Writing testable code can help you eliminate technical debt by ensuring that your code is reliable, maintainable, scalable, and of higher quality. By taking the time to write testable code from the start, you can avoid the accumulation of technical debt, and ultimately deliver better software.

Enter code coverage.

With this in mind here’s where code coverage shines as a metric. Here’s how you can gain even more value by leveraging a code coverage tool like Codecov:

  • Identifying untested code: Code coverage can help identify areas of code that have not been tested yet. This can help developers prioritize their testing efforts and ensure that all code paths are covered by automated tests.
  • Tracking progress: Code coverage (and Codecov specifically) can be used as a progress metric, allowing developers to track how much of the code has been tested over time. This can help identify areas where testing efforts need to be increased and provide insight into how the software quality is improving over time.
  • Improving maintainability: Code coverage can also improve the maintainability of the software. By having automated tests in place for all code paths, it can be easier to modify or refactor the code without introducing new bugs.

And that brings us to the overall benefits of Testable Code. If our code is structured in a way that makes it easy to test and cover with a multitude of test cases, we can rest assured that our code quality has improved.


Testable Code is the Quality of Software We’re Trying to Achieve

So at the end of the day can we say that by increasing our code coverage we are actually decreasing technical debt? Well, I’m leaning toward “yes” – the more testable code we have, the better the quality of our production code.

Testable code is code that can be easily and effectively tested using automated tests. Exactly as we execute them in our CI pipelines. Testable code is designed in a way that makes it easier to write, maintain, and run automated tests. It typically has the following characteristics:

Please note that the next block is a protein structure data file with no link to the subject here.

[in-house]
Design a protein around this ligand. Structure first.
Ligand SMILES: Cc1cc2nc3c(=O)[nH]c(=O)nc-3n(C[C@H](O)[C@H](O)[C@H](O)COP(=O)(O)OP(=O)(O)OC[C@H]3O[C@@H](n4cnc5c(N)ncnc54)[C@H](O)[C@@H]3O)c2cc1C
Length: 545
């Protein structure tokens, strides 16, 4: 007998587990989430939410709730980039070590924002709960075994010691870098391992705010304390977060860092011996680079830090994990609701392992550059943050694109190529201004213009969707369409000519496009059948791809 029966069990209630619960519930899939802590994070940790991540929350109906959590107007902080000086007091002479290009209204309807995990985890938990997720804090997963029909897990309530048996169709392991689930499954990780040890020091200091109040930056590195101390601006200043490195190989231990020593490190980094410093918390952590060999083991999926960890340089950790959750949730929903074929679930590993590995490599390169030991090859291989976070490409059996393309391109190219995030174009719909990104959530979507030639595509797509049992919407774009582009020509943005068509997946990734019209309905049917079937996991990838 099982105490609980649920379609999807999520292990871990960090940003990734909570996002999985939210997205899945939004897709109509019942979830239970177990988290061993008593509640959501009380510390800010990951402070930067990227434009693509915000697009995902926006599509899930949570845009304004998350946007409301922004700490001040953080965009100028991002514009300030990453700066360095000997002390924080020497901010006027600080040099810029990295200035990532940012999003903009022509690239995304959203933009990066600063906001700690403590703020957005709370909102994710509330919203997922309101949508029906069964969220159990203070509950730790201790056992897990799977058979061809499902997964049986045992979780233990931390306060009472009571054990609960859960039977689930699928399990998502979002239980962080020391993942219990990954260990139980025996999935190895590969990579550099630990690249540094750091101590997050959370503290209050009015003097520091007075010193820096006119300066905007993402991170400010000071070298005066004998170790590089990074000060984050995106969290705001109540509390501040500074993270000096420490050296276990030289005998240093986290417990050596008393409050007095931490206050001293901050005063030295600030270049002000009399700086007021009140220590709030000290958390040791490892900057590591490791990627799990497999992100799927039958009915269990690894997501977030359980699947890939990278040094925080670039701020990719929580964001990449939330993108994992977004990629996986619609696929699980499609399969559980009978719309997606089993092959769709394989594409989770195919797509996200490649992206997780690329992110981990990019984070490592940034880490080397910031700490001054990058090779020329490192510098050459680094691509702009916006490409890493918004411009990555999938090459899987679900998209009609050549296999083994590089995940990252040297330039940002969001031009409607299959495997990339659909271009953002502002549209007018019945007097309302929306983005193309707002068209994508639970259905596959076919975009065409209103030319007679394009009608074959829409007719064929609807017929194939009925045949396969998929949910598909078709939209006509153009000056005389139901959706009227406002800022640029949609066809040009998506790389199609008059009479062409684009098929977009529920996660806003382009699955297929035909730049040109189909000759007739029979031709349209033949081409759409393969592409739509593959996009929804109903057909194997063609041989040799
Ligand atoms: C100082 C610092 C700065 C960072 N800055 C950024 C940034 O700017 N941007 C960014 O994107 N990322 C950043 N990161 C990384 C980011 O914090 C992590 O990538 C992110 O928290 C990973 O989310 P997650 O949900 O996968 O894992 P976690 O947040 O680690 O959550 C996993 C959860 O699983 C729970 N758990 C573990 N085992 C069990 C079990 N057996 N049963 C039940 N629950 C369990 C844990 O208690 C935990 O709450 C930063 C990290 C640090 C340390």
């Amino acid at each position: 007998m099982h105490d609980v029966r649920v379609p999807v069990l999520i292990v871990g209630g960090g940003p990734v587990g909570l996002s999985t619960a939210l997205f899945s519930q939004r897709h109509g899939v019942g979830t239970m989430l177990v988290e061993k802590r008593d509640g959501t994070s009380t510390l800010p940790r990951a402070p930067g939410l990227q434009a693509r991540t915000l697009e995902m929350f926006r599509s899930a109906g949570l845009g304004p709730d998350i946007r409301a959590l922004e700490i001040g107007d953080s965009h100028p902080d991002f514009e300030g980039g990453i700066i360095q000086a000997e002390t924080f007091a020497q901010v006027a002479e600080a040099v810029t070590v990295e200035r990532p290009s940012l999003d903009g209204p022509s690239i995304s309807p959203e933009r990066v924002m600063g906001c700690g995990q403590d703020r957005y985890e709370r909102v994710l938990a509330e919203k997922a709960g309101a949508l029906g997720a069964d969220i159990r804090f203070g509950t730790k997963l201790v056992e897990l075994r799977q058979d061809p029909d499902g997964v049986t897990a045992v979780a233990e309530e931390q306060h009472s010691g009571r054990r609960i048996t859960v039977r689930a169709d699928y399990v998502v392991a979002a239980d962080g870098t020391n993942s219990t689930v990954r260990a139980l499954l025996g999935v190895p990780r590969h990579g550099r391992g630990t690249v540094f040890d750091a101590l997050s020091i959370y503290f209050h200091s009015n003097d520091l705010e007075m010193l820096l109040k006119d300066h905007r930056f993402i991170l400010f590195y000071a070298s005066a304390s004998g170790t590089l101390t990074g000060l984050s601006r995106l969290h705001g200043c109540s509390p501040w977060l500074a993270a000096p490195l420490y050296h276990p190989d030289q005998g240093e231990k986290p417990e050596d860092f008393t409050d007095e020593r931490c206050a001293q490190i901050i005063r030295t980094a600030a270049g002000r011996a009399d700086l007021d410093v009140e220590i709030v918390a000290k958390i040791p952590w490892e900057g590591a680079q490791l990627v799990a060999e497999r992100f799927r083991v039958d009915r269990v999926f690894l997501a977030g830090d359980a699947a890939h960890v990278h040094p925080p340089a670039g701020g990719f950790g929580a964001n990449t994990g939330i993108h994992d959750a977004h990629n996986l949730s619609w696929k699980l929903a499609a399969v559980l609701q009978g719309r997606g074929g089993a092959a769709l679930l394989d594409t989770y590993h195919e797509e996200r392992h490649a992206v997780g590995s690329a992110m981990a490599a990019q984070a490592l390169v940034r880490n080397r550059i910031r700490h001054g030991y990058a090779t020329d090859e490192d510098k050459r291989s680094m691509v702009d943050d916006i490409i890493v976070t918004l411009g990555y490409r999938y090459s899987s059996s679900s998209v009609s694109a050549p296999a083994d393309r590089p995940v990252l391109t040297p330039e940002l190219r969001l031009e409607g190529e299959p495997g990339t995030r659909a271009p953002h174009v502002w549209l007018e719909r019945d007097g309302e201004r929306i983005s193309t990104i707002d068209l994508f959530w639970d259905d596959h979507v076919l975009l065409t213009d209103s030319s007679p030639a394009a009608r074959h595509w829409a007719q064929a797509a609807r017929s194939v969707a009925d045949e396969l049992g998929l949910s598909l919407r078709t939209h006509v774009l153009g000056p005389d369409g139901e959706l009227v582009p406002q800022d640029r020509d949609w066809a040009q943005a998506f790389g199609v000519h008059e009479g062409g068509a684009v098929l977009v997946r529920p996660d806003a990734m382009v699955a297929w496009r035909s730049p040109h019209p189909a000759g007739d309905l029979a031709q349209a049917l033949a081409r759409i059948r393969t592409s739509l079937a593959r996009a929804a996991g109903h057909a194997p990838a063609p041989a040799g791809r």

• Modularity: Testable code is designed in a modular way, with separate functions, modules, or components that can be tested independently of one another.
  • Low coupling and high cohesion: Testable code has low coupling between its components, meaning that changes to one component do not affect the behavior of others. It also has high cohesion, meaning that each component is focused on a specific task or function.
  • Clear and consistent interfaces: Testable code has clear and consistent interfaces between its components, making it easier to understand and test how the components interact with each other.
  • Minimal side effects: Testable code has minimal side effects, meaning that it does not have unintended consequences or modify the global state in unexpected ways.
  • Separation of concerns: Testable code separates concerns between its different components, meaning that each component has a specific and well-defined responsibility.
  • Dependency injection: Testable code uses dependency injection, meaning that components are designed to rely on abstractions rather than concrete implementations. This makes it easier to test individual components in isolation.

By following these principles, developers can create code that is easier to test and maintain, leading to more reliable and higher-quality software.

We shouldn’t view code coverage as a controversial metric, because it may not immediately reveal issues with the test or code quality. Rather, code coverage helps you identify which parts of your code are not being tested. These untested parts of the code are where bugs are likely to hide. We can shine an imaginary flashlight by writing a test for a legacy (buggy) part of our application. The more lines we uncover, the less place there are for bugs to hide. By identifying these areas, you can ensure that you are writing tests that cover poorly written or legacy parts of the code. By doing so, you reduce the likelihood of bugs slipping through your testing process.

Code coverage is important for the elimination of technical debt because it helps you ensure that your testing strategy is comprehensive and that all critical parts of your code are being tested. By identifying untested areas of your code and redundant tests, you can refine your testing process and catch bugs early. This ultimately leads to code that is easier to maintain, less prone to errors, and of higher quality.